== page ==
Coming out is tough almost all around the world, but in China, it can constitute a major tragedy. When one man in northeast China told his parents he was gay, his father pulled a knife on him; one lesbian committed suicide after her parents locked her in the house, banning her from going outside. Although these are extreme cases, the pressure for Chinese LGBT individuals to conform is absolutely debilitating. Thirty-five percent of 1,259 gay men surveyed in 2008 said they had contemplated suicide, but they aren’t to blame if the esteem of the family is essentially projected unto the one child every family is allowed to have.
Last month a free booklet was distributed in Hangzhou, a wealthy city in China, and it described homosexuality as a ‘sexual deviance’. It urges parents to keep their children away from such transgressions by providing a “good social environment.” It isn’t surprising that such beliefs would be abound in the countryside, home to around half of China’s 1.34 billion people, most of which don’t even have access to education, but this booklet was distributed in Hangzhou, one of China’s wealthiest cities. This just reinforces the idea that homosexuality is an abnormal, curable condition and for Chinese parents to admit that their child is gay is like admitting complete parental failure. A board member of Beijing’s LGBT center said that his mother refuses to tell people about his work — for fear that it might make them gay.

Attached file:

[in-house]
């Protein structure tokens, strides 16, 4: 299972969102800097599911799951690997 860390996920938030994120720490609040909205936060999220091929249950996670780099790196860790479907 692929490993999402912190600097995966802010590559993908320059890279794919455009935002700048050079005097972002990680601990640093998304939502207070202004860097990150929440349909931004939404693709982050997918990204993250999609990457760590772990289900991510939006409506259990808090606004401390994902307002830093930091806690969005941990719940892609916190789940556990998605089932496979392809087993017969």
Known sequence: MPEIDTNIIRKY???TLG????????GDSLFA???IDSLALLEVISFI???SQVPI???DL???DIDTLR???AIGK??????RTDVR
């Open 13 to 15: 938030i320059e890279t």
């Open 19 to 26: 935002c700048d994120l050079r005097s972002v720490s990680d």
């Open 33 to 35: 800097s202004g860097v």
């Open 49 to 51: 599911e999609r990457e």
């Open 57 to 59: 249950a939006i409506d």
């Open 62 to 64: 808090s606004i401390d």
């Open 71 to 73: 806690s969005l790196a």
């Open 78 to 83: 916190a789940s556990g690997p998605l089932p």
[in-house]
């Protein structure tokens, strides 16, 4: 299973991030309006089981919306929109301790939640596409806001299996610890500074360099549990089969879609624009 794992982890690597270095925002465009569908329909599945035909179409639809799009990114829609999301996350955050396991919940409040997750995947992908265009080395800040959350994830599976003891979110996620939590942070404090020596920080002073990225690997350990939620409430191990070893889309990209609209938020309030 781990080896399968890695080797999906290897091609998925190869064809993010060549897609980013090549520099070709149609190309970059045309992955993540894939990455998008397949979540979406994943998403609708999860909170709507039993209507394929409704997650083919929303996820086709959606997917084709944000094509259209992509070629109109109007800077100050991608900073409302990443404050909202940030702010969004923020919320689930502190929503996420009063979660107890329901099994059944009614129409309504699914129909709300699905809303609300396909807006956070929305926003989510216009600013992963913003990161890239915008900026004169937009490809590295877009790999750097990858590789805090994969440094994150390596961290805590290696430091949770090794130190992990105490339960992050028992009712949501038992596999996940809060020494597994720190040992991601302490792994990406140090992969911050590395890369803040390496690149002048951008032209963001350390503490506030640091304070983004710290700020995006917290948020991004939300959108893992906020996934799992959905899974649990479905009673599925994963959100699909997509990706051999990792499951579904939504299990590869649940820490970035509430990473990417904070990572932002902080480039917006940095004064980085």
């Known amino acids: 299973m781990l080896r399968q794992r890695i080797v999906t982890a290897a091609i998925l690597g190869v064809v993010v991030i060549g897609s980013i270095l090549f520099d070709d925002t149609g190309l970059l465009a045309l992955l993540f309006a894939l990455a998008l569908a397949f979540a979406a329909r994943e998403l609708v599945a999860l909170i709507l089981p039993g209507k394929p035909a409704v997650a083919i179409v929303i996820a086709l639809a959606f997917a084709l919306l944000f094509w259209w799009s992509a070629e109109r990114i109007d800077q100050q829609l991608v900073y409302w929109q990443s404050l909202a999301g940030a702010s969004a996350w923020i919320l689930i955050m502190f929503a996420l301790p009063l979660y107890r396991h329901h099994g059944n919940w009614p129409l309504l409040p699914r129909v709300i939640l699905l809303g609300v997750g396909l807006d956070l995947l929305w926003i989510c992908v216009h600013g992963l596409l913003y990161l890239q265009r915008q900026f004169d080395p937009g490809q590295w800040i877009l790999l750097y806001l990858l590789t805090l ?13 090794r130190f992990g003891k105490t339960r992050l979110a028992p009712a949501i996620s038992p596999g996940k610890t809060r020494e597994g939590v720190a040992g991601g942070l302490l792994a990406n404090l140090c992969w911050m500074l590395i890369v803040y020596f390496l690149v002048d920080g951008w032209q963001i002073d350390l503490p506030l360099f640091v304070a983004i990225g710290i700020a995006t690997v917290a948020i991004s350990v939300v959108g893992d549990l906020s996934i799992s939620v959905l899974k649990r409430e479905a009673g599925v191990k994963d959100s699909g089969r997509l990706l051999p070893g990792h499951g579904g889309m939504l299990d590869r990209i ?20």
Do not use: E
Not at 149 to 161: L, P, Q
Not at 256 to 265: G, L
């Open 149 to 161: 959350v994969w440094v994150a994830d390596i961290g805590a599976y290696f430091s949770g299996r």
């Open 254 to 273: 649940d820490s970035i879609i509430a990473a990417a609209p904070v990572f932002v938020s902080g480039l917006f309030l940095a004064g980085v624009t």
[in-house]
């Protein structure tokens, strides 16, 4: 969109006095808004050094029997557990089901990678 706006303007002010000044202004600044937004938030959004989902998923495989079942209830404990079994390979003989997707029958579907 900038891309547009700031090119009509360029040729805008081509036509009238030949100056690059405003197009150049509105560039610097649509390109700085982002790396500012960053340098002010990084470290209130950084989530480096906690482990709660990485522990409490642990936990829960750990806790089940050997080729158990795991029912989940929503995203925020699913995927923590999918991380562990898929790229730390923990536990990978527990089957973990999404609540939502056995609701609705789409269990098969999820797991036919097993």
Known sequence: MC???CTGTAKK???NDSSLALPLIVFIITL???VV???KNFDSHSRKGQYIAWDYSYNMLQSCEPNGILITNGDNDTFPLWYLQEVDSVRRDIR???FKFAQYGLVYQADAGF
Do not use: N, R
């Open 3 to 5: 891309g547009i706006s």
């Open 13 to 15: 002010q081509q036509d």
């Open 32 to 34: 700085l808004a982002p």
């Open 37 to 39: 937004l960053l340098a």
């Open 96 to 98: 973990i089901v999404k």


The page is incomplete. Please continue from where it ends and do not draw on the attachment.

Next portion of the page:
Things have improved since Imperial China, when homosexuality was criminalized, though not enough. Today, the Communist Party mostly stays out of citizens’ private lives, but frowns on most large-scale gatherings, including those advocating gay rights. Gay bars and gay groups have been grown dramatically in Shanghai and Beijing and the younger urban generation is more accepting of homosexuality than its previous generation. The Internet has also provided an effective tool for gays to seek out each other or rally together.
Ultimately, changes in attitudes about homosexuality in China will come through a grassroots shift in expectations about what makes a complete family unit. But this probably won’t happen as long as the one-child policy remains in place.